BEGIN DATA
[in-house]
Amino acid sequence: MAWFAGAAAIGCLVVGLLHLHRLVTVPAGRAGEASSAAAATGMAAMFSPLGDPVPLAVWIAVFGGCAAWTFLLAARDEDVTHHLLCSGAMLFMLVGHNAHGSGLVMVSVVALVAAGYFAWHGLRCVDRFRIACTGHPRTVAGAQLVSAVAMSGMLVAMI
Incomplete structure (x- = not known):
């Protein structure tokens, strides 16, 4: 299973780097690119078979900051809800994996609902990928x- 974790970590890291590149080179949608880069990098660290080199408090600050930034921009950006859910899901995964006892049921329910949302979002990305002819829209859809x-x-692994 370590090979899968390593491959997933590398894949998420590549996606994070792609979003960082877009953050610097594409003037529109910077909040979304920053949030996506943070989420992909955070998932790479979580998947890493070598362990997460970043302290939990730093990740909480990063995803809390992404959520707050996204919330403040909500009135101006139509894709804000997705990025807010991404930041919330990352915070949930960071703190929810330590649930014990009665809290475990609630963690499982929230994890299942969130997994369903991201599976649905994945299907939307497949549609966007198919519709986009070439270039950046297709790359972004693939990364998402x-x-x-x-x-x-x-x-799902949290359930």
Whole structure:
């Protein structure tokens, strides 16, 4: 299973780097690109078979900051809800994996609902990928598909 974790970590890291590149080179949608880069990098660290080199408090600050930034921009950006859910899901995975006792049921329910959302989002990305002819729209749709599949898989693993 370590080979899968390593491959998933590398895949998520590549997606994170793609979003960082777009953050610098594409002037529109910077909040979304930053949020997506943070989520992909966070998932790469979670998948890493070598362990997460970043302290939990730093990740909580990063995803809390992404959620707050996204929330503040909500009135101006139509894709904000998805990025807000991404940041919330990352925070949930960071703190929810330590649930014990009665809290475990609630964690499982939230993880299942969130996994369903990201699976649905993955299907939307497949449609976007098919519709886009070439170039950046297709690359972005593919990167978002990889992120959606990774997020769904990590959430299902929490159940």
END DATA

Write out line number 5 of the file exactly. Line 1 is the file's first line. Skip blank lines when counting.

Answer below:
Whole structure: